Everyone needs a primary care physician. Think of this type of doctor as your first point of contact for anything related to your health. Primary care physicians (PCPs) provide the ongoing preventive care you need, treat you when you’re sick, help you manage ongoing health issues, and connect you to other doctors that provide more specialized care.
Primary care doctors go by many names
- Internal medicine – An MD who specializes in adult medicine and preventing and treating adult diseases.
- Family medicine – An MD who diagnoses and treats conditions in both adults and children. This is a great option if you want your whole family to see the same doctor.
- Geriatric medicine – An MD who specializes in caring for the elderly and in preventing and treating diseases that affect older people.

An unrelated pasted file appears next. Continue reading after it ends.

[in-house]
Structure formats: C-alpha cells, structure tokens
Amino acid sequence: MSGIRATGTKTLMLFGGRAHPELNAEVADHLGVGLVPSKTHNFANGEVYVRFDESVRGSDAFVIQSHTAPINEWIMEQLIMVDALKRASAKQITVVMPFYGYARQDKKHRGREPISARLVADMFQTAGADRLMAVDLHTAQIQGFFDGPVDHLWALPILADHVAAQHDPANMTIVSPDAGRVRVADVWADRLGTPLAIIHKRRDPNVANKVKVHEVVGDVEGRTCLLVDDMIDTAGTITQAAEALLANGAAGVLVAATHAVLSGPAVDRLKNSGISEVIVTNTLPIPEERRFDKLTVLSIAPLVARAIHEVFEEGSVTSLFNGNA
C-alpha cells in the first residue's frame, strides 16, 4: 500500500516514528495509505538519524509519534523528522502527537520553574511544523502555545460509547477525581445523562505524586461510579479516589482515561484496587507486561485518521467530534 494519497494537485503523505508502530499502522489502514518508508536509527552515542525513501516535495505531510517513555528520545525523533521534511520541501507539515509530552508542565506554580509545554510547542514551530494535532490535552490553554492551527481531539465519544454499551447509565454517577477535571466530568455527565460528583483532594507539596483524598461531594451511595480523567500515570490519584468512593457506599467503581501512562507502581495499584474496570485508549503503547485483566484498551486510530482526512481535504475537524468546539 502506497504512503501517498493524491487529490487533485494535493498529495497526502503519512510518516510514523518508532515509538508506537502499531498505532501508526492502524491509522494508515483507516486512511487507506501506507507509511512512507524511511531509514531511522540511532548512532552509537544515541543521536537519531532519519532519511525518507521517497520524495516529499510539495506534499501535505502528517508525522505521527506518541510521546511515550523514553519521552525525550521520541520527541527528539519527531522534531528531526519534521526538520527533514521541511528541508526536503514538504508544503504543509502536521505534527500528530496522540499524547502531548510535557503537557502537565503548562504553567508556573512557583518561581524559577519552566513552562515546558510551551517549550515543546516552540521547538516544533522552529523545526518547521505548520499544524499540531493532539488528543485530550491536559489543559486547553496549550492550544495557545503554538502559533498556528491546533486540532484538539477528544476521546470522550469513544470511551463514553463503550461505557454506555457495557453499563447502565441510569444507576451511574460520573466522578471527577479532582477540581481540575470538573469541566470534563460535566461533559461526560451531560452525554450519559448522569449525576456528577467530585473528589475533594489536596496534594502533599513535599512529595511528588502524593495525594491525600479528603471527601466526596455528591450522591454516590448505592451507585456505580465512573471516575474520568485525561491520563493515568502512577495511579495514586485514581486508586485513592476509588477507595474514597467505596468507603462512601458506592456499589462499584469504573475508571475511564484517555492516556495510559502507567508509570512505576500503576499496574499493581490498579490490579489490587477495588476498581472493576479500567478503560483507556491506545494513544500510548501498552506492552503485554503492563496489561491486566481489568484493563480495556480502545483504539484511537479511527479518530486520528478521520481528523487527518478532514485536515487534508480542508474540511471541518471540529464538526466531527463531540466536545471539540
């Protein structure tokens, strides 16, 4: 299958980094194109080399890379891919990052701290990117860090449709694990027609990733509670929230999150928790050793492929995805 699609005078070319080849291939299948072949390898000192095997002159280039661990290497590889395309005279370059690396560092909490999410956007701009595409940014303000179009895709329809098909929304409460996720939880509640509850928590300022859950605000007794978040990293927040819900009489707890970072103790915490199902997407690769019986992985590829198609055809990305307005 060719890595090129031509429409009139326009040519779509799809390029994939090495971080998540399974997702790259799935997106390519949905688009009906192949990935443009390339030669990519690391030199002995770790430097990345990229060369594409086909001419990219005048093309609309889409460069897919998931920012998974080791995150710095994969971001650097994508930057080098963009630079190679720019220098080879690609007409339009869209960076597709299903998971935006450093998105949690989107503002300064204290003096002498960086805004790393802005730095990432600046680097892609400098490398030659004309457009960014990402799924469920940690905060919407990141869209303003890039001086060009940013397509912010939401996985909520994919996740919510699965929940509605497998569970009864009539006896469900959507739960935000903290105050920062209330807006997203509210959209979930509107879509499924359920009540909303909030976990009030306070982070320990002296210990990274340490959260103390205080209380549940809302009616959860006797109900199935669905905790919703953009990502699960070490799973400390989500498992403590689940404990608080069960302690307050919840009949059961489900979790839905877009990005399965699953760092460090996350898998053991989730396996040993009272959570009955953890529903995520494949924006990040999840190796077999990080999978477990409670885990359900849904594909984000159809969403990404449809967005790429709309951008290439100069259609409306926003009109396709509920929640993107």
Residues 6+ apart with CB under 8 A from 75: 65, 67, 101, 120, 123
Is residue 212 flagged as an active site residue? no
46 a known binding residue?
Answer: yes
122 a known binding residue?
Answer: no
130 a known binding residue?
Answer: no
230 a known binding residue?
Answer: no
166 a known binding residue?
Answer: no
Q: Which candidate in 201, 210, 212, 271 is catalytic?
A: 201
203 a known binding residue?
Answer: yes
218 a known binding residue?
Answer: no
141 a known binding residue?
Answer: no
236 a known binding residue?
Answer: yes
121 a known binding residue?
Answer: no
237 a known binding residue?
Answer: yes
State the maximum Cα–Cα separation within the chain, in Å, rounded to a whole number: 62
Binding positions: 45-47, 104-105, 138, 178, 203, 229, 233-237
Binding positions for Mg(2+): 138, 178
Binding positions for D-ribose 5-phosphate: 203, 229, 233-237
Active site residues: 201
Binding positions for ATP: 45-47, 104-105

- Nurse practitioner or physician’s assistant – A nurse or other medical provider who has had additional training to diagnose and treat most of the same conditions as an MD. They often work in a larger practice alongside other doctors.
How to choose a primary care physician
- In-network – Your preventive care will likely be free and you’ll save out-of-pocket costs in the long run.
- Provider quality – Look at patient reviews, certifications, board affiliations, and other quality ratings.
Consider your preferences:
- Distance – Would you rather have your doctor near home or work?
- Gender – What would be more comfortable for you?
- Experience – How long has the doctor been practicing?
- Type of practice/clinic – Does the doctor have an independent practice, or does he or she work at a clinic with other physicians?
- Convenient services and resources – Does the doctor’s practice have a nurse line you can call for advice or telehealth? Online appointments? Secure messaging or email?